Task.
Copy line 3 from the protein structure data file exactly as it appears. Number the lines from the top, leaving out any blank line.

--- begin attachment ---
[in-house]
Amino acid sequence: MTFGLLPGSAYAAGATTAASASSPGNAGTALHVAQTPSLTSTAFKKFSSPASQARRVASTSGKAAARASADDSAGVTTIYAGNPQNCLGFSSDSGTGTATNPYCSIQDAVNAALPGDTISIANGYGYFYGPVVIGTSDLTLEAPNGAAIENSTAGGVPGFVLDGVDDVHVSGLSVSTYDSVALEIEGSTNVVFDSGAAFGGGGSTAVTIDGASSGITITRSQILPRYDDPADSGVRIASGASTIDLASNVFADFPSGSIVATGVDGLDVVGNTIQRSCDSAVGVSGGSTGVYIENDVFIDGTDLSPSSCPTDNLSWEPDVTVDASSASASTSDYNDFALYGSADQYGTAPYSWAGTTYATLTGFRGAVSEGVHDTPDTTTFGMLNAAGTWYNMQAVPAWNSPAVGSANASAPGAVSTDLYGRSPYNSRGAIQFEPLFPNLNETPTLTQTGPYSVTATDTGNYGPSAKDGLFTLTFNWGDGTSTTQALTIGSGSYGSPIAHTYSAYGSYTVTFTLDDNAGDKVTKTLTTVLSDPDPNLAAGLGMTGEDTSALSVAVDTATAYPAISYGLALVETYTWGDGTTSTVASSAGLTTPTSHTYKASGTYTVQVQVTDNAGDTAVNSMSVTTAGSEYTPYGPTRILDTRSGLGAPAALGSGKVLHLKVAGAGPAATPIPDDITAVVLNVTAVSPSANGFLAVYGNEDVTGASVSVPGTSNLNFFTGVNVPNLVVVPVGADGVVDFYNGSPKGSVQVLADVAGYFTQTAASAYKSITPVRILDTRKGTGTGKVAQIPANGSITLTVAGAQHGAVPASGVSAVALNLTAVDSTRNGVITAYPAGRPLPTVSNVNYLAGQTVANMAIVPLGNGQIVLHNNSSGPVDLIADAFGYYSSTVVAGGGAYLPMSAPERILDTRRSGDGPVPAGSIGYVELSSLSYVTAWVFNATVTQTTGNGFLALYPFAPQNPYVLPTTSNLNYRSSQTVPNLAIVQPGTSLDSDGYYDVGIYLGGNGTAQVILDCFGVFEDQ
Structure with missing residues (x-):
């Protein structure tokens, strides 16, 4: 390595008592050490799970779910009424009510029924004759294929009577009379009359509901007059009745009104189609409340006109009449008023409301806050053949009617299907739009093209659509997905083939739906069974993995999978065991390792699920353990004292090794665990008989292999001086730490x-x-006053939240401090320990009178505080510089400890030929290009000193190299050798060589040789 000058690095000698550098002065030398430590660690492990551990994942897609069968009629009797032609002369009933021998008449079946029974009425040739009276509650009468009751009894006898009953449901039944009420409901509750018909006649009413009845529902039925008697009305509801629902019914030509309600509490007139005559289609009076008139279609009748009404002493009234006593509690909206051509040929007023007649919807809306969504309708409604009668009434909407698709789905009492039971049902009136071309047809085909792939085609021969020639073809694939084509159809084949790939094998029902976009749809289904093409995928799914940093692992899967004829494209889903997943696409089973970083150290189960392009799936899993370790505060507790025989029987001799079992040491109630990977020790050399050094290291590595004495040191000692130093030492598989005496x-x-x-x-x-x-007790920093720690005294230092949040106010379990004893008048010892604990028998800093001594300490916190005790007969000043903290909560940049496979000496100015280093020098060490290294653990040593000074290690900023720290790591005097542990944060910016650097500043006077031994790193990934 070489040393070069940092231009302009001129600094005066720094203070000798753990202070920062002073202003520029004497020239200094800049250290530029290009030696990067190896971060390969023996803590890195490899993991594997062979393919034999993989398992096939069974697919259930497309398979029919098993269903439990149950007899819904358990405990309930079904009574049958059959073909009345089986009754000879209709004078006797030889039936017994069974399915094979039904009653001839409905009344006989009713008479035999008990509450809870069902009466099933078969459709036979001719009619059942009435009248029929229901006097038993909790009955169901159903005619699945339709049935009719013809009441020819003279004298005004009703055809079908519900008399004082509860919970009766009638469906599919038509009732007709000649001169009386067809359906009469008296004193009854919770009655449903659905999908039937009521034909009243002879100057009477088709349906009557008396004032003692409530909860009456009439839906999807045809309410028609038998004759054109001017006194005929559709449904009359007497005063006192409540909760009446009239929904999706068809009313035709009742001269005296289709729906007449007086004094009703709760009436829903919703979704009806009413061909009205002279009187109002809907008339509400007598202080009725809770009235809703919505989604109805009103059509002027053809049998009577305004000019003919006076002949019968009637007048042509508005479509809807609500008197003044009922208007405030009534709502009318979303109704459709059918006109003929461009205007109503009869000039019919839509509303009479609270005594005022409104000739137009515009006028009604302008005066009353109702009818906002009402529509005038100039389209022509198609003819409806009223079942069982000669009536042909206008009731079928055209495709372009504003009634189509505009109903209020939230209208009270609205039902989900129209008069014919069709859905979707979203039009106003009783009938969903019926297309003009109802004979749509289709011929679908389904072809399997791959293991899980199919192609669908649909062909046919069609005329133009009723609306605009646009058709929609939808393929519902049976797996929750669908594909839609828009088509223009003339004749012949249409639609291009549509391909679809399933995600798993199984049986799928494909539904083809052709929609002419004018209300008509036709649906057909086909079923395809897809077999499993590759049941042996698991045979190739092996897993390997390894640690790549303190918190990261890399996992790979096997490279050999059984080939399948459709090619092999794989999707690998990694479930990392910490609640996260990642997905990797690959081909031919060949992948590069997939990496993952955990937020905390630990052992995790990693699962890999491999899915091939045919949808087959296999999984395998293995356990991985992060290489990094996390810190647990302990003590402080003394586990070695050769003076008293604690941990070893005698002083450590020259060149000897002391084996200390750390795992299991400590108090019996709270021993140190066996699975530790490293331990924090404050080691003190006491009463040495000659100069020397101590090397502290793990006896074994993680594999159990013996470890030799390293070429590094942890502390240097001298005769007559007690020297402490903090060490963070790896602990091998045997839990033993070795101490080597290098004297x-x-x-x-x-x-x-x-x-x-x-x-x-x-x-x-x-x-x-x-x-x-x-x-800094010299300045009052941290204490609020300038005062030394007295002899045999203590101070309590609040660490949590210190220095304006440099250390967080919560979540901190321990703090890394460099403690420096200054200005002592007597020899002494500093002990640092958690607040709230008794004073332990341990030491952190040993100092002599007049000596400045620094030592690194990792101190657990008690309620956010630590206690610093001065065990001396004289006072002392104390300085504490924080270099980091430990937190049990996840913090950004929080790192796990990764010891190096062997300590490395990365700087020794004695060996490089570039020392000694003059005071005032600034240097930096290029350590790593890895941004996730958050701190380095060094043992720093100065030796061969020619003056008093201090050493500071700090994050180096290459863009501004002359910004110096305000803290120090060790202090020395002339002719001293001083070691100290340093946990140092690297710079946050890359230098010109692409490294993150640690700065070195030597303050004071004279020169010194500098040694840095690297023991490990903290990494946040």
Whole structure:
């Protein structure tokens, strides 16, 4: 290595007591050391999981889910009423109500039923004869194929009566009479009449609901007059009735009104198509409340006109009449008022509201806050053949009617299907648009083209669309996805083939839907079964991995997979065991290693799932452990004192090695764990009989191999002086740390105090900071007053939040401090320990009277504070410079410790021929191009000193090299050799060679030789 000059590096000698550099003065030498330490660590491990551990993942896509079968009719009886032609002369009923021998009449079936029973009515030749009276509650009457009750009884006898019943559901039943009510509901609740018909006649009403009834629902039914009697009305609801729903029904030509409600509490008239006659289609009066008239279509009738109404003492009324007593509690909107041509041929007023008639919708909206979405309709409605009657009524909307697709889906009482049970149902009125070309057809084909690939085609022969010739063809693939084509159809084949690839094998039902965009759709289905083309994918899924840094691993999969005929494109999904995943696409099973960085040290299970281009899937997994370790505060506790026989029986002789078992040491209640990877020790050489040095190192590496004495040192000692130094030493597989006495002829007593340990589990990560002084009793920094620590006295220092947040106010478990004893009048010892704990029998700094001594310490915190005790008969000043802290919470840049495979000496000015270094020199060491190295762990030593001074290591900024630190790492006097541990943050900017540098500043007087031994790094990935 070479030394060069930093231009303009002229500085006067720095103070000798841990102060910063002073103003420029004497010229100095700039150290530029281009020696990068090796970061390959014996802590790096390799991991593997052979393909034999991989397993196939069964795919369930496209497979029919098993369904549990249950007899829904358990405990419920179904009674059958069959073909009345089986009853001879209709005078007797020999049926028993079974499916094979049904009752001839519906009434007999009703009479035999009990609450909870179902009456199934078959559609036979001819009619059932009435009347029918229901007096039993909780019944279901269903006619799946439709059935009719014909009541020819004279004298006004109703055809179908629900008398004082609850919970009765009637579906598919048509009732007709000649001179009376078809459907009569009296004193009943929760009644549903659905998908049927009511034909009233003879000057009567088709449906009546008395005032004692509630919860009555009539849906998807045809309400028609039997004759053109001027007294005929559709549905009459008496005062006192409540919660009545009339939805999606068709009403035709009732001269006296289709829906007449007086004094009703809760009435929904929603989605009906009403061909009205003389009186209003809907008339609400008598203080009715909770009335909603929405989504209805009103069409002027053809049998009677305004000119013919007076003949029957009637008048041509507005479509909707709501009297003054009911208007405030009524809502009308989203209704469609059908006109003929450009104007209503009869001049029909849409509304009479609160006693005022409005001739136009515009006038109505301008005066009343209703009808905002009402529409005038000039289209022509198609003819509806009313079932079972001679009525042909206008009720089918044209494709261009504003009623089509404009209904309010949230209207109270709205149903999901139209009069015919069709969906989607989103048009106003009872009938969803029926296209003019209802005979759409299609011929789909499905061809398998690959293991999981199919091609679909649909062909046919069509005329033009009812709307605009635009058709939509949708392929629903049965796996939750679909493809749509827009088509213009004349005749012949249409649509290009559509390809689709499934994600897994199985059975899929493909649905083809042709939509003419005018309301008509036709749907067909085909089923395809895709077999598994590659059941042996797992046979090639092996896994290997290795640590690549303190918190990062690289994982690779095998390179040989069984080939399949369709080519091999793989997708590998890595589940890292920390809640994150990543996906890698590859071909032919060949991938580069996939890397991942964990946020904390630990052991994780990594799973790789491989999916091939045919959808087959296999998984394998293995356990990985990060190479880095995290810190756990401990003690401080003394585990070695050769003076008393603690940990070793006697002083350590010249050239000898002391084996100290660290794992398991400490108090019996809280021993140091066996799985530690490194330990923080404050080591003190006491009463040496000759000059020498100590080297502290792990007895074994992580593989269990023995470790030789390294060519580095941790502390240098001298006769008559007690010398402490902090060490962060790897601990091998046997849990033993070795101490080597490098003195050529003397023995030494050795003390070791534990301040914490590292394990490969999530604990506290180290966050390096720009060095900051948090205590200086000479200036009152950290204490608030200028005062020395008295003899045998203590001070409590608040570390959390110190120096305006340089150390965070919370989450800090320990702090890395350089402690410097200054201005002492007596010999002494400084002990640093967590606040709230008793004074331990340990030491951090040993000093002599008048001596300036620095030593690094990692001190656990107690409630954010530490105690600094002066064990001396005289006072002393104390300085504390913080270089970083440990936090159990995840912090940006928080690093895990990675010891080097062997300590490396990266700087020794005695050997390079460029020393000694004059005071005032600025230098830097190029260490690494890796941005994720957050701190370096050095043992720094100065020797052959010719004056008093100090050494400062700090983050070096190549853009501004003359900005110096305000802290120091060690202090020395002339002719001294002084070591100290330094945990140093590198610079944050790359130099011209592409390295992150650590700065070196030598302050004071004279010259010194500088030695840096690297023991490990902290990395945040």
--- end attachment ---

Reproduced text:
Structure with missing residues (x-):